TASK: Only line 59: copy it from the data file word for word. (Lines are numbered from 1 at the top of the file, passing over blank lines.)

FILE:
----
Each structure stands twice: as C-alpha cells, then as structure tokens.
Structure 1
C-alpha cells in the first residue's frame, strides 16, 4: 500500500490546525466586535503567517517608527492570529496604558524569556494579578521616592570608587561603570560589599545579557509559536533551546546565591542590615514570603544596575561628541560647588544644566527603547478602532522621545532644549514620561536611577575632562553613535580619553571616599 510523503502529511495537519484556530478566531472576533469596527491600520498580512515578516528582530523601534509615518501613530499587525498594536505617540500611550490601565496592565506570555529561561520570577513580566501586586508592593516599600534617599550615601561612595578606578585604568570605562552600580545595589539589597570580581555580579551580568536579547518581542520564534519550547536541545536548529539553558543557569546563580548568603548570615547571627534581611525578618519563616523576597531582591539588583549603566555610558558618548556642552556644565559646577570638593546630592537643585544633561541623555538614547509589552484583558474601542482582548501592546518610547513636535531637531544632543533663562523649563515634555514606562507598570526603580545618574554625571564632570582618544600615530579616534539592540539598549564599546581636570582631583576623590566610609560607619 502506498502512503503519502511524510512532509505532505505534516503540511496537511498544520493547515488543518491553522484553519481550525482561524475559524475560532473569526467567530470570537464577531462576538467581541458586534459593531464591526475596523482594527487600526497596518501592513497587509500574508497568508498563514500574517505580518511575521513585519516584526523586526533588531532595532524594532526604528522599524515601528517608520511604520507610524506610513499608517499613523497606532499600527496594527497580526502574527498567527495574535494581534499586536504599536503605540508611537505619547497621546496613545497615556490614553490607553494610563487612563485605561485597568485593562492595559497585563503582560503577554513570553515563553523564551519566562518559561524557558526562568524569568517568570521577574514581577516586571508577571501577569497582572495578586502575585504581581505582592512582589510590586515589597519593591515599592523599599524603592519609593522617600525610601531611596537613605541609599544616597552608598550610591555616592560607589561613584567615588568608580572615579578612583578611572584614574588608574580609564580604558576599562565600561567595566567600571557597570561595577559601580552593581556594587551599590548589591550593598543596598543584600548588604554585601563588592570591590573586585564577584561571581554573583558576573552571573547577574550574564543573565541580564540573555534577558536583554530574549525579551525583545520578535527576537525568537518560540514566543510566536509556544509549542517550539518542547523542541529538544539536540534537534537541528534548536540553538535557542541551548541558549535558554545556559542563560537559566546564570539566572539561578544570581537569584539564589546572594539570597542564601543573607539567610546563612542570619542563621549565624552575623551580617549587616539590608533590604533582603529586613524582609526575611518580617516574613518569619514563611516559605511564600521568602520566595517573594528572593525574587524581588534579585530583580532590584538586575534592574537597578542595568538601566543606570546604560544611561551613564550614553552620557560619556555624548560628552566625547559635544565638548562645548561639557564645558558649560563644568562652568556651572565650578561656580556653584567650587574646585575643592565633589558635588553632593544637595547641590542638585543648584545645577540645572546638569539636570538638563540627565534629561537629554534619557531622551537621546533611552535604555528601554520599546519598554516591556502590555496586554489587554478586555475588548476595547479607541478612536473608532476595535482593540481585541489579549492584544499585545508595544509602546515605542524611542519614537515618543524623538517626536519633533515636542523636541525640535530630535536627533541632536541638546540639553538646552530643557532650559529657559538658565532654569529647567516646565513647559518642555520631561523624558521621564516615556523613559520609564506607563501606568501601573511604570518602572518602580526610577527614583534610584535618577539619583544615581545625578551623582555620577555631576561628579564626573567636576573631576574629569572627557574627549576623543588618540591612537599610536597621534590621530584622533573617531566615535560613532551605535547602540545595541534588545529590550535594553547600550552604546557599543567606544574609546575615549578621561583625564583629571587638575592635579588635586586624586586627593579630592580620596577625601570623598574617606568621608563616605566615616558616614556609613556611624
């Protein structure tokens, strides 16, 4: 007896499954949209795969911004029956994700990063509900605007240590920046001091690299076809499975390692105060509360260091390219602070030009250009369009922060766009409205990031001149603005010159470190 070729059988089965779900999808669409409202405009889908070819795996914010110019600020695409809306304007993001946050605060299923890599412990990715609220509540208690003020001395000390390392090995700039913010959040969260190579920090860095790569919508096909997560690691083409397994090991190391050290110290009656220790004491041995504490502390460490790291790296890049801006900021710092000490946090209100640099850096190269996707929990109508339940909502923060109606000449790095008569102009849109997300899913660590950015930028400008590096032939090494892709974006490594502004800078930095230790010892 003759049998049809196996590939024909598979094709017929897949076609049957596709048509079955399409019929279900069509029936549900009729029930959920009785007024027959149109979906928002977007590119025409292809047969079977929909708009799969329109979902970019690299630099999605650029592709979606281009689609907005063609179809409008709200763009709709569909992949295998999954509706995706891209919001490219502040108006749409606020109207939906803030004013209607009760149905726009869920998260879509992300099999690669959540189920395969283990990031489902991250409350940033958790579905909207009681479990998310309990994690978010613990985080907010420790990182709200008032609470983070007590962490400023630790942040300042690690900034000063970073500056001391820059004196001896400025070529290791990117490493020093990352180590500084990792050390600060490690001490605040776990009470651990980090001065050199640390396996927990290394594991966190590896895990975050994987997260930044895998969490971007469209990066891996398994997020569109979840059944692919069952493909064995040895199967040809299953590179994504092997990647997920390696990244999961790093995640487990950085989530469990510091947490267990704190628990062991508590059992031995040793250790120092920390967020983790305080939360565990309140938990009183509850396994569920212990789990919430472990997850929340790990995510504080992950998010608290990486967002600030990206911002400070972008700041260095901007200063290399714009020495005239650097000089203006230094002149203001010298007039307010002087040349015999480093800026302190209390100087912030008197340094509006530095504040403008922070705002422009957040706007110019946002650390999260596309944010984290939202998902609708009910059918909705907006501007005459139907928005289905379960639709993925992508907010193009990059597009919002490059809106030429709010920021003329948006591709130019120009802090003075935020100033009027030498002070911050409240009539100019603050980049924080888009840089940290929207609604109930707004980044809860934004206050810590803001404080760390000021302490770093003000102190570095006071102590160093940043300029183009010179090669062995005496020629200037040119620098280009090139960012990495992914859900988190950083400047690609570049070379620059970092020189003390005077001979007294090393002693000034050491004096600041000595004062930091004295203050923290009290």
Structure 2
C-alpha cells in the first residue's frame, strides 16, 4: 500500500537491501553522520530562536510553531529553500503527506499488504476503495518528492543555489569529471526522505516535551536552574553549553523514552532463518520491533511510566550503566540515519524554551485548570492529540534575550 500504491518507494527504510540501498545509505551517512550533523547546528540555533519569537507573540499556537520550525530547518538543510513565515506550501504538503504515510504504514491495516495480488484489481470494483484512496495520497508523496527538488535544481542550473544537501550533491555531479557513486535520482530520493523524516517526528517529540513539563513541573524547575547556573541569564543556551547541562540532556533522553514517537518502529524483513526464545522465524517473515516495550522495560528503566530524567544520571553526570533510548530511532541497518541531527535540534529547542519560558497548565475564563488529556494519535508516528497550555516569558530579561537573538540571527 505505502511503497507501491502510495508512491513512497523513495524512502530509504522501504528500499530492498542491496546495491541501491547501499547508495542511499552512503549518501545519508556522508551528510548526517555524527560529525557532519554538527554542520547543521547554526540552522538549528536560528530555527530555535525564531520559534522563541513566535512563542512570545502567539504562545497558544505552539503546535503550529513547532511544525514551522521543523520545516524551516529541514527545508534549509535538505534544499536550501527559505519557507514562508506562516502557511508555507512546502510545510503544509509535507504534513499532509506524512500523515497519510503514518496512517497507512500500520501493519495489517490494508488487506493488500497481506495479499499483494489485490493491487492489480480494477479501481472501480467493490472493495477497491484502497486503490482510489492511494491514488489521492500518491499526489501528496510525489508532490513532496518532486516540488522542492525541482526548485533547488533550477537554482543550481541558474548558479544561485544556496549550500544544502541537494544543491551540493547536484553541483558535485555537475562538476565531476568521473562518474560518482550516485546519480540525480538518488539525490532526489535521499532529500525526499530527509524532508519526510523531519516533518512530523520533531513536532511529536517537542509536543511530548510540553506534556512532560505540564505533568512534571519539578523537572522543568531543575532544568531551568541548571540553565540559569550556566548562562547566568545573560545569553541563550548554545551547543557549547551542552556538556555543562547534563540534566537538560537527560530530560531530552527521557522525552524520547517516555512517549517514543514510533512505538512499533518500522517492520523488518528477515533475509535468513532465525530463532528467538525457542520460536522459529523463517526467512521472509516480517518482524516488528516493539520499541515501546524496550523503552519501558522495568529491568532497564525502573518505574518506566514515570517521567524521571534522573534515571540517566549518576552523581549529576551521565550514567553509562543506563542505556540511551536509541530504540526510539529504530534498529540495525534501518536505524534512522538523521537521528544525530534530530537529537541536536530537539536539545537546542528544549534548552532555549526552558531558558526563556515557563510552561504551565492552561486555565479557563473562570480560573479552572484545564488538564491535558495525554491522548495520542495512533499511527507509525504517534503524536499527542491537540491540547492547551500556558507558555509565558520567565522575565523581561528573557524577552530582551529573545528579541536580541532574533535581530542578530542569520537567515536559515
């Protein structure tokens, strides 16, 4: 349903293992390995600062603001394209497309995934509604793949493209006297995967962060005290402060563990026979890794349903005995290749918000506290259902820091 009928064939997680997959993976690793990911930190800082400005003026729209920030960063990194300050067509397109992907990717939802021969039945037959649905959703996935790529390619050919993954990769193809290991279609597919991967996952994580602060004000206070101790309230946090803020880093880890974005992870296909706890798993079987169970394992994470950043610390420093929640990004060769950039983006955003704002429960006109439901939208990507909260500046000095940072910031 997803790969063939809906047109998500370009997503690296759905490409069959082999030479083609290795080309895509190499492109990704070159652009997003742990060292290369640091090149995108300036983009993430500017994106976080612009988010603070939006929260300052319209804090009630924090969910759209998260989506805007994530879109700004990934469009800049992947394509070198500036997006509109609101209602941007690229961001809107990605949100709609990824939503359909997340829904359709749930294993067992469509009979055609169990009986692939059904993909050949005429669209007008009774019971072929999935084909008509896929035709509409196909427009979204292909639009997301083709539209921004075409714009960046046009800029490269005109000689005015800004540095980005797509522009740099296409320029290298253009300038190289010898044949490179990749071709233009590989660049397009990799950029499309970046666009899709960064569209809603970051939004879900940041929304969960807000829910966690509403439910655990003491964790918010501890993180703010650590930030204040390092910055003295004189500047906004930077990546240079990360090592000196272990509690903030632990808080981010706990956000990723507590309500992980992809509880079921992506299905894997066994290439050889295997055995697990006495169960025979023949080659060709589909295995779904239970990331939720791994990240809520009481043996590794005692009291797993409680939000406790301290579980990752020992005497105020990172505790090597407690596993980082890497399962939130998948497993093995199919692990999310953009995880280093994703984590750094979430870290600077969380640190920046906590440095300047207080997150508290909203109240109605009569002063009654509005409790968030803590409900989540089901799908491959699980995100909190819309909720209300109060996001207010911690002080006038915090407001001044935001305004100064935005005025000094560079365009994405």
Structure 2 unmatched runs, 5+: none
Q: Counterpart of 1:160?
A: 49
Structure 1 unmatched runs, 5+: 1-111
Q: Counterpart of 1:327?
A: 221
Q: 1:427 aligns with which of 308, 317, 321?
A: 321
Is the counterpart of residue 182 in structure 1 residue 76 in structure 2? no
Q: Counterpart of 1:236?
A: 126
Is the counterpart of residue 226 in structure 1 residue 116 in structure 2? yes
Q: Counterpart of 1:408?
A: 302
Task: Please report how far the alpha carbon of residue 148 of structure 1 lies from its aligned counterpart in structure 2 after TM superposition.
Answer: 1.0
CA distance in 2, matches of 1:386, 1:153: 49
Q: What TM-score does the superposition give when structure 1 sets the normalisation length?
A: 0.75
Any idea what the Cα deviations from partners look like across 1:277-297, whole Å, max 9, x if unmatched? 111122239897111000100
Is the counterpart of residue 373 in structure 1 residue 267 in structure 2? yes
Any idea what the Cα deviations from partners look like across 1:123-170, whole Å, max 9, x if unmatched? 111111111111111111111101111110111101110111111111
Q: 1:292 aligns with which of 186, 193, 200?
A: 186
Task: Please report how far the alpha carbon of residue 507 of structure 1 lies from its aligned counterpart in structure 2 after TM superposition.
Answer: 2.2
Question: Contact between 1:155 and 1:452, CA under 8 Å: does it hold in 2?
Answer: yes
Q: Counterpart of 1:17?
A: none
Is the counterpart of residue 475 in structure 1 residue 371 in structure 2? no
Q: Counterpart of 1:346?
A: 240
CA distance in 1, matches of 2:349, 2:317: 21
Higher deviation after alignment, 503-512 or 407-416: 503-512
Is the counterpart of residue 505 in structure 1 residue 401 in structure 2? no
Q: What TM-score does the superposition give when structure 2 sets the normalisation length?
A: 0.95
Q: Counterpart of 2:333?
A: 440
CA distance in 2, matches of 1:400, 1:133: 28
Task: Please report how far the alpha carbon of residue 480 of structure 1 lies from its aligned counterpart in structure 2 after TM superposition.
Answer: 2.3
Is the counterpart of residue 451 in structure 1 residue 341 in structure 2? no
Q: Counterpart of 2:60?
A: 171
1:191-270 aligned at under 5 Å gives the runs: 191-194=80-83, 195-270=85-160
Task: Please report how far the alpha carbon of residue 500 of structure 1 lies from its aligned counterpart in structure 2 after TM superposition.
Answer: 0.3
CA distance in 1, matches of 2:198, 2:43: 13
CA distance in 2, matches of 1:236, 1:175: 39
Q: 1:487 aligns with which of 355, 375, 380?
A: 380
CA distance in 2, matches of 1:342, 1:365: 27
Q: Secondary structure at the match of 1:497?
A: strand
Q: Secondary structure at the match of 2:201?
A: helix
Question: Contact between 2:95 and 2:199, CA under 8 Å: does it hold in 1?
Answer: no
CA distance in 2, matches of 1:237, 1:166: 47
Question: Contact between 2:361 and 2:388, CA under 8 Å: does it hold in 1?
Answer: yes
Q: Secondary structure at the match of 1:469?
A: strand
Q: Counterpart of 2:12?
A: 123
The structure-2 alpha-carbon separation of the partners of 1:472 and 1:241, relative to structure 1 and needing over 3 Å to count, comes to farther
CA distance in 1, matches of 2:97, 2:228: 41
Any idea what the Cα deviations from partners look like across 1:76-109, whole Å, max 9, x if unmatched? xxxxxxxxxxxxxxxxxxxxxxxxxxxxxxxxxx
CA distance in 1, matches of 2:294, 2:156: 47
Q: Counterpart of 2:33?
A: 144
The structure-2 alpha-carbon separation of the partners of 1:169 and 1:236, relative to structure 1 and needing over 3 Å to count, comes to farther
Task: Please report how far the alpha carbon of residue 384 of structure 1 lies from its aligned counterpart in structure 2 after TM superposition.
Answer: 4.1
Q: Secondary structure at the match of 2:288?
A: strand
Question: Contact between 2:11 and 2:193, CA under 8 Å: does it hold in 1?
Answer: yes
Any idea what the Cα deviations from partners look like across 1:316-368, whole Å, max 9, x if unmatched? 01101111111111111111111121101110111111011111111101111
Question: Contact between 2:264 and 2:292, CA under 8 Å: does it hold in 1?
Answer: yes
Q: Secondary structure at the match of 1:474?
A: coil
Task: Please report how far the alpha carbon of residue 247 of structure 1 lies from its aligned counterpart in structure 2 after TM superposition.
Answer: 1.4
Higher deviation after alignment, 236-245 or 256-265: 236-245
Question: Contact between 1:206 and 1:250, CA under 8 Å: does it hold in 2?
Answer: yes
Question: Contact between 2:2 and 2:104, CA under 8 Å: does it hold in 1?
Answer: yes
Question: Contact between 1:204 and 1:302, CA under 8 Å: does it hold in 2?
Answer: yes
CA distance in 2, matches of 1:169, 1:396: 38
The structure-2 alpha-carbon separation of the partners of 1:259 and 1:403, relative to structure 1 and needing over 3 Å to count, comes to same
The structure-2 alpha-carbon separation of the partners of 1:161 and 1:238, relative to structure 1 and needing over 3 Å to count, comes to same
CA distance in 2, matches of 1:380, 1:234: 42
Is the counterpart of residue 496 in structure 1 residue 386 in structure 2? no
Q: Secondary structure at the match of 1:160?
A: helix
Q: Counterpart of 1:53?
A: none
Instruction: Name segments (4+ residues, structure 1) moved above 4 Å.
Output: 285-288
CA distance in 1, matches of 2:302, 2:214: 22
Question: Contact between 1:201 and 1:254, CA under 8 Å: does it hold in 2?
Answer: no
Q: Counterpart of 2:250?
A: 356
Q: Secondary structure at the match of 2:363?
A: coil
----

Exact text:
Q: 1:487 aligns with which of 355, 375, 380?